Information about City of Houston employees’ health insurance may have been compromised after an employee’s laptop computer was stolen.
City officials say the laptop was stolen from the employee’s car on Feb. 2. They say the password-protected computer may have contained city employees’ records, including names, addresses, dates of birth, Social Security numbers and other medical information.
Organizational information privacy concerns
Surveillance and tracking
Bias, discrimination and due process
The Kentucky Supreme Court declared last week that police need not bother applying for a warrant before tracking motorists with automated license plate readers (ALPR, also known as ANPR in Europe). The justices took up the issue in the case of Gregory Traft, who was stopped in Boone County on September 11, 2012, because his license plate triggered an alert from the patrol car’s automated camera system.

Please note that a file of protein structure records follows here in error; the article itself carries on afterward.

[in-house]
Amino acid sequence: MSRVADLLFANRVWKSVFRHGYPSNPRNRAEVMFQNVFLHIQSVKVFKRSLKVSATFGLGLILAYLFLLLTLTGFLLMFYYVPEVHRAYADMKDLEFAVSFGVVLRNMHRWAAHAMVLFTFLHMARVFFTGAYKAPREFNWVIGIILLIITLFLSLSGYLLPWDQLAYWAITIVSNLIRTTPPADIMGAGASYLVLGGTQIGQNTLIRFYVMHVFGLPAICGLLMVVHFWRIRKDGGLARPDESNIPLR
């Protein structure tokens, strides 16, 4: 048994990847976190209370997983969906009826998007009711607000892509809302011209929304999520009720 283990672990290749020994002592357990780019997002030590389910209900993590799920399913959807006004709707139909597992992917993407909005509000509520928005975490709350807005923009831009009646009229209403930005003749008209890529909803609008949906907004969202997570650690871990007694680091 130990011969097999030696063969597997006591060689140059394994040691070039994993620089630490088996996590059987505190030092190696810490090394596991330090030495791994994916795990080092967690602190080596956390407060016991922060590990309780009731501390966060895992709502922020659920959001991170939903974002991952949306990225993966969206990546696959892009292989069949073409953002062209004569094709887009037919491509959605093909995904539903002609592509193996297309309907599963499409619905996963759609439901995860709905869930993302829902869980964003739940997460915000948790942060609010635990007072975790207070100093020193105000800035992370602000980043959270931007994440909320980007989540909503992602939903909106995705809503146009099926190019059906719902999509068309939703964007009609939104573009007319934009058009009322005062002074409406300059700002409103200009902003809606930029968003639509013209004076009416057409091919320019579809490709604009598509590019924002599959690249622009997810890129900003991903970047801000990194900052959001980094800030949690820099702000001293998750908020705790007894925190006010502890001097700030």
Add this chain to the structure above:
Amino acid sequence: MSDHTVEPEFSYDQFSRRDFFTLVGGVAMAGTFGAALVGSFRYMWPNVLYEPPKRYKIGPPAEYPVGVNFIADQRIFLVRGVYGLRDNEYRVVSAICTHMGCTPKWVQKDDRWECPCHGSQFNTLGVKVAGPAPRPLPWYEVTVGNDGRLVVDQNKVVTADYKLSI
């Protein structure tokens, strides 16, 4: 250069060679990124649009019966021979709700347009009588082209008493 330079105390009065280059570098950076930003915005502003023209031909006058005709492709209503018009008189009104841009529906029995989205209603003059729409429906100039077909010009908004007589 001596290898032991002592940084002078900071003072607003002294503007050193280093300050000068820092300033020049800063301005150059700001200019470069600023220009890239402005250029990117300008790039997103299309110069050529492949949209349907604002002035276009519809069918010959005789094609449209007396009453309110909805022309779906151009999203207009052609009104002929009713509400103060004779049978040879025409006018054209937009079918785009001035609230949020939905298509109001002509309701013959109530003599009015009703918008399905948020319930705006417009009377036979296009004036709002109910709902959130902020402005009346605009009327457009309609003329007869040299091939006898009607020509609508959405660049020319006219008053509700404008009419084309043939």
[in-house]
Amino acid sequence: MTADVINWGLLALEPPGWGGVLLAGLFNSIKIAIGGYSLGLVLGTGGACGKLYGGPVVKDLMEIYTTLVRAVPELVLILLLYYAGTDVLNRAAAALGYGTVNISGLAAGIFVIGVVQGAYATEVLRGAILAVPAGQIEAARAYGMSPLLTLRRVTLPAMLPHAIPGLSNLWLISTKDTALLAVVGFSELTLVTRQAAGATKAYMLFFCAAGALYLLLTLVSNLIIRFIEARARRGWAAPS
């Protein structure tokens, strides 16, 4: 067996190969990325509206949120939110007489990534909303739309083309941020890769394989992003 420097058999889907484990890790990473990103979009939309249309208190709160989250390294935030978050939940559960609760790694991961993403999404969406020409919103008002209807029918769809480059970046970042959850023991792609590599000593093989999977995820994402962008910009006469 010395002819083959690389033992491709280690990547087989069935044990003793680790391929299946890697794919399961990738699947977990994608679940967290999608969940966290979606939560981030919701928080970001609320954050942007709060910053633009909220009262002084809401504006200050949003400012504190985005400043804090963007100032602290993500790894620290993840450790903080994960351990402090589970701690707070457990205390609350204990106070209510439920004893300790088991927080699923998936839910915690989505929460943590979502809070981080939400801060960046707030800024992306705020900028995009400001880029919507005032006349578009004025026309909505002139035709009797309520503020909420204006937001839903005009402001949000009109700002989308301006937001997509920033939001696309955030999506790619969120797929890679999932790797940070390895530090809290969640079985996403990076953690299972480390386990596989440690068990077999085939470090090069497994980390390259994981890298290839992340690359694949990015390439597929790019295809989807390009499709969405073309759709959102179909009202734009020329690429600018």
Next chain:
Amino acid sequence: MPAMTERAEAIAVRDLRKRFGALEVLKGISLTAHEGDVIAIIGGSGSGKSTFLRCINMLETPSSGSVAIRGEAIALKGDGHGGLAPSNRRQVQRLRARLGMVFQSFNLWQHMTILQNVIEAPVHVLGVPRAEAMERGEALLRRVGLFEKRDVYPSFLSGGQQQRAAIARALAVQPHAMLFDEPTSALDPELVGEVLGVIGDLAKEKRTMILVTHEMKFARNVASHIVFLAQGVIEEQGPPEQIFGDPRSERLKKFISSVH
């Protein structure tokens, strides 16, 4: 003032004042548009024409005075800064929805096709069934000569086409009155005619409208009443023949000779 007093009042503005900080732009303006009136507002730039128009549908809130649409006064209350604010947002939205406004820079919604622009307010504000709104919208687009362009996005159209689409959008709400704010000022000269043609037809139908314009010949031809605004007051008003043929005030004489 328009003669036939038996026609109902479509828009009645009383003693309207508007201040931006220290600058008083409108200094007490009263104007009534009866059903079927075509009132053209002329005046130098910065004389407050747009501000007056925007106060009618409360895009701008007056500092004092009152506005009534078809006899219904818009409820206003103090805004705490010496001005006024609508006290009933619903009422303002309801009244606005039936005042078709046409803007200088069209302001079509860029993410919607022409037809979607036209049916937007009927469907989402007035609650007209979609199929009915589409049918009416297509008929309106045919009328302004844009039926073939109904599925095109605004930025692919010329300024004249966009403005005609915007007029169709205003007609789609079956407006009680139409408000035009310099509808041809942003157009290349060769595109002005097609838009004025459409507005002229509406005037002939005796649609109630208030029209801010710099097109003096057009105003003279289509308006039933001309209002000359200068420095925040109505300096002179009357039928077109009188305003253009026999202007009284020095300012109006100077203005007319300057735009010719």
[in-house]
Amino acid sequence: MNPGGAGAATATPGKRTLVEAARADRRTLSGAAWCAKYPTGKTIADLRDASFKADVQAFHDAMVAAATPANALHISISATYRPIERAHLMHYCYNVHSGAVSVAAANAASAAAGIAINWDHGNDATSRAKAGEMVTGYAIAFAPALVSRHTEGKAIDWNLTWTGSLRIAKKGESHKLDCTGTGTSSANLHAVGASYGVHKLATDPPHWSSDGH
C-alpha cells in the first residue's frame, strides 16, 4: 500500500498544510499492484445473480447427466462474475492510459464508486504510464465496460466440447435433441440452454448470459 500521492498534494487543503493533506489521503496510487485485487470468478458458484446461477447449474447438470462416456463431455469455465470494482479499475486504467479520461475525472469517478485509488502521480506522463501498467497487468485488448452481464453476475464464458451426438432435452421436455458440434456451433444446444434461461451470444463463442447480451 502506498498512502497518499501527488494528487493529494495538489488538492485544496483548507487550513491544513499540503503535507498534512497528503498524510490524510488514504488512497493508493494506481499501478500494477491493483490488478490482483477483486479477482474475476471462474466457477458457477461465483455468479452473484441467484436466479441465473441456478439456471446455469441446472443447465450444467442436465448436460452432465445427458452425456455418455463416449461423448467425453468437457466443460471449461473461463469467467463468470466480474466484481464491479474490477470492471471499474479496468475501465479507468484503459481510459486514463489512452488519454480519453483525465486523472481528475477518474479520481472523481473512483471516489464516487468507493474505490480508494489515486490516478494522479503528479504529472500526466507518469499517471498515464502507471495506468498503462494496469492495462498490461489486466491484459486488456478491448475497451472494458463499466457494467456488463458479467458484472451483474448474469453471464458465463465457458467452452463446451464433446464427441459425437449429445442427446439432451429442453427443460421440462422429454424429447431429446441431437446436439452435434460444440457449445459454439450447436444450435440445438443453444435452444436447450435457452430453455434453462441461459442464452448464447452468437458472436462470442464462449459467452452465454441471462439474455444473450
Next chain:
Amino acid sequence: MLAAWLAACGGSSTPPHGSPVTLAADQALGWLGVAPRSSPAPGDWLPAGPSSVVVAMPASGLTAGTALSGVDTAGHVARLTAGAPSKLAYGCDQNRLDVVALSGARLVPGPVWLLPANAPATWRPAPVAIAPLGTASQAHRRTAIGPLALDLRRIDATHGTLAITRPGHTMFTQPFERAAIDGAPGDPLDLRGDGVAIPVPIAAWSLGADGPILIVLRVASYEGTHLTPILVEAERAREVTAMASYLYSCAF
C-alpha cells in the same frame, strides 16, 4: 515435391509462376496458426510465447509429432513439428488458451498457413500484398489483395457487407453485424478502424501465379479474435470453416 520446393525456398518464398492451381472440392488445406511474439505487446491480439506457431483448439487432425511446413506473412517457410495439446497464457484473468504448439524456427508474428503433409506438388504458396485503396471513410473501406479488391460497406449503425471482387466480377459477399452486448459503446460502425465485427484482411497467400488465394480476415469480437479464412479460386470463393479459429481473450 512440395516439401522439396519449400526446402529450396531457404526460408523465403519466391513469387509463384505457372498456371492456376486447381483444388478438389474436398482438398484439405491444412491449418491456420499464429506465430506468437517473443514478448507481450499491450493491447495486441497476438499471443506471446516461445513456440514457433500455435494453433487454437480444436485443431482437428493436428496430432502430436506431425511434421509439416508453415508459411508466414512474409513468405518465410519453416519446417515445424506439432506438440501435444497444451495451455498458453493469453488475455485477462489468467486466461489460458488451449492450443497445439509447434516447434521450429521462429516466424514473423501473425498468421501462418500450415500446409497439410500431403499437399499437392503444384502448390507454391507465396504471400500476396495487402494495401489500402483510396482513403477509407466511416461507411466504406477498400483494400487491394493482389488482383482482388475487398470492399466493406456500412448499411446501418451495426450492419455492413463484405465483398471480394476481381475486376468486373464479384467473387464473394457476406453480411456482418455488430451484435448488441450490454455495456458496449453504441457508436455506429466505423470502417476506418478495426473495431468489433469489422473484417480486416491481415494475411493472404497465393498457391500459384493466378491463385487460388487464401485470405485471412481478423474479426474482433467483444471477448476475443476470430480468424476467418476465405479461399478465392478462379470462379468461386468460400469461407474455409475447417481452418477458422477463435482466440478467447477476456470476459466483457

Traft had a warrant out for his arrest for failing to appear in court on the charge that he wrote a bad check. Deputy Sheriff Adam Schepis ordered Traft to pull over. In the course of the stop, Traft appeared to be quite drunk and was placed under arrest.
The high court’s only interest in the case was whether the deputy’s use of the license plate camera was lawful.